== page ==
Recreating The Posture Portraits: "Artistic and Technological (Re)Productions of

Andrea Baldwin, Heidi Henderson, James Lee

By Emily Green '18, Rishma Mendhekar '18, Joseph Castro '19, Laura Pratt, Auburn University '17

This research project was awarded an Ammerman Center grant to conduct research on the posture pictures (nude photos taken of all students that were used to diagnose poor posture), taken in the 1920-1960s at Connecticut College and other New England institutions with the goal of presenting this research and crafting a performance that combines dance and technology.

Using Motion Capture to Synthesize Dance Movements

Baird, B., Izmirli, O., Ajjen Joshi '12 (2011)

Motion capture presents an interesting opportunity for the analysis and synthesis of movements in dance. We have created a tool that uses concatenative synthesis of dance movement based on a library of prerecorded basic movements. Dance movements are first broken into discrete, small movements following the guidelines of Laban dance notation. Then these movements can be performed by dancers and recorded using motion capture. Finally, these (edited) sequences are placed in a 3D virtual environment where the user can synthesize movements to form a choreographed composition. Such a pedagogical tool provides a creative way to understand and study dance movements.

Ensemble
Conducting a Virtual Ensemble

Baird, B., Izmirli, O.

Experienced conductors of music ensembles are not metronomes: their hand movements and the speed at which the players perform exhibit a complex time and context dependent means of communication. The aim of this project is to analyze this relationship between the conductor's movements and the actual tempo as performed by the players, and apply the results from this analysis to construct a computer based system that will mimic the salient behavior of a real ensemble. Models for different conductors are obtained by first having a conductor lead a live ensemble. Data from the conductor is obtained using 3-D position sensors; the performance is also recorded digitally in a sound file. Velocity, acceleration, direction, and position data of the movements are used to extract features and determine the location of beats. By synchronizing this information with the audio data and by using information about music performance and the score, a model is constructed that produces, at each point in time, the implied tempo for the ensemble. Thus this model ultimately deduces implied tempo from hand movements. Once a model has been formed, the system can be put into "perform" mode in which the user can "conduct" in real time by controlling the playback speed of a MIDI sequencer. The conductor uses 3-D trackers to conduct; data from hand movements is fed into the model, processed in real time, and then used to control the tempo of the virtual ensemble. This computer system enables conducting students to experience the complex coupling between movements and actual tempo of the ensemble and to conduct a "virtual" ensemble or a mixed virtual/real ensemble.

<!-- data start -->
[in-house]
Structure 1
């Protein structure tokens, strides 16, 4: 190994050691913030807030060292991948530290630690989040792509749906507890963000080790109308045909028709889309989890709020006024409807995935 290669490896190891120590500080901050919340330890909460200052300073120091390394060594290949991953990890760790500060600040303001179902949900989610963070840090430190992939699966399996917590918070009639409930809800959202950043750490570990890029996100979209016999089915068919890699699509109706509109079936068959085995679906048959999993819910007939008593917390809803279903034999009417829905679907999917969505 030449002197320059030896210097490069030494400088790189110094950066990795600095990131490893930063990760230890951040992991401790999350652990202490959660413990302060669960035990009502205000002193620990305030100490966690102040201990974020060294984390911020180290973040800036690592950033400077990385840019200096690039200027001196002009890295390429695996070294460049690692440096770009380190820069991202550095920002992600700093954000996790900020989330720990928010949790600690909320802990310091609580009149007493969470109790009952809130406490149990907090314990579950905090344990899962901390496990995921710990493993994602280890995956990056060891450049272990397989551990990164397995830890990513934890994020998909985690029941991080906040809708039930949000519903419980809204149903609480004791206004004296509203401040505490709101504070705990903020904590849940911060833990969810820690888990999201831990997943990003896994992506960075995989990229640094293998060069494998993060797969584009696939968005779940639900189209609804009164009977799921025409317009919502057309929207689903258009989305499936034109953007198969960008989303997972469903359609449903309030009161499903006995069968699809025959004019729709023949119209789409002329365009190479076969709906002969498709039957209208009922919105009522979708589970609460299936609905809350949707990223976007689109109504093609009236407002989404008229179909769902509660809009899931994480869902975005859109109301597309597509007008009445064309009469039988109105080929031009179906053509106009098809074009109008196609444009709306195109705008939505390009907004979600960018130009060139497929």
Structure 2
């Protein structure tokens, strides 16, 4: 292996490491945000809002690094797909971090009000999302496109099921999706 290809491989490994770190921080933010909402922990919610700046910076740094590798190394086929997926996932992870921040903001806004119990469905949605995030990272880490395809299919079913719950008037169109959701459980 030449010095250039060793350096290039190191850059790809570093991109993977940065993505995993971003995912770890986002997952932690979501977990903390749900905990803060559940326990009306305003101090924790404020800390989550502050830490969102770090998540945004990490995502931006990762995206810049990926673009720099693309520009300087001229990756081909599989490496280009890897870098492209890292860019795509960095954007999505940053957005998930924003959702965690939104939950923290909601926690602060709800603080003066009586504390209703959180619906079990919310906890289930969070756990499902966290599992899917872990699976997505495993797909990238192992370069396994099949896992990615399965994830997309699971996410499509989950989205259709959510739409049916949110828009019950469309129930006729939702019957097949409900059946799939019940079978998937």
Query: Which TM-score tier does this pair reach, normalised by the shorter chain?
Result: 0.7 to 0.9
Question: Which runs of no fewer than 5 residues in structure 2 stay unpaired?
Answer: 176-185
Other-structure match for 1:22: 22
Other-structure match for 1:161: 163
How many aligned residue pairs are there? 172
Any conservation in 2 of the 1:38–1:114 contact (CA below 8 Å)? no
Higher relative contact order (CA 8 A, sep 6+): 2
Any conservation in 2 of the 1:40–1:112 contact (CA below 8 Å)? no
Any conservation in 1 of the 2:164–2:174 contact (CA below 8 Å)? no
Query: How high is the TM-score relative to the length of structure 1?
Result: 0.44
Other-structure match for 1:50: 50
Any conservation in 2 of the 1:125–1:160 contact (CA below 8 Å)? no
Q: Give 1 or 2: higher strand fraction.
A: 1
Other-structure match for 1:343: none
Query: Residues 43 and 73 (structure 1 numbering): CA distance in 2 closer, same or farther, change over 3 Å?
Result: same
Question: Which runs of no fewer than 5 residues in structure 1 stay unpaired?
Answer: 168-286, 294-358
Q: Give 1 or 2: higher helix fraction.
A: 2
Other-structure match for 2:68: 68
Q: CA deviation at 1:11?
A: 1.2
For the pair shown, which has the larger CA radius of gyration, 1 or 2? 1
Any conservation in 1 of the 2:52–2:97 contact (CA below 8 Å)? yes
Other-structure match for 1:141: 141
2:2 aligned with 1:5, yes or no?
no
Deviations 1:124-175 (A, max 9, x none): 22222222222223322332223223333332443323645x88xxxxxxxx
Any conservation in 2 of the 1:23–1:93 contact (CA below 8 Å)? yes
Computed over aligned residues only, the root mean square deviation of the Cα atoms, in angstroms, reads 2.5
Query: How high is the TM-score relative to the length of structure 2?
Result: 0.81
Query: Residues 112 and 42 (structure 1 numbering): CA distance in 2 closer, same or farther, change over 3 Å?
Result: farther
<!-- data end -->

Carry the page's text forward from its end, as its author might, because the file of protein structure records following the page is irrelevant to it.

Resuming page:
Haptics
Using Haptics and Sound in a Virtual Gallery

Baird, B., Izmirli, O. and David Smalley

Galleries are traditionally places for visual exploration of objects; concert halls provide auditory exploration. The tools of virtual reality allow for a new kind of gallery: one that encompasses features of a traditional visual museum, means for auditory discovery, and in addition, haptic exploration. The user is invited to browse through this virtual gallery, interacting with the objects, feeling their textures, listening to their audio properties, moving around and inside them. All of this takes place in an interactive, 3D environment where the user navigates and explores with her eyes, ears, and hands.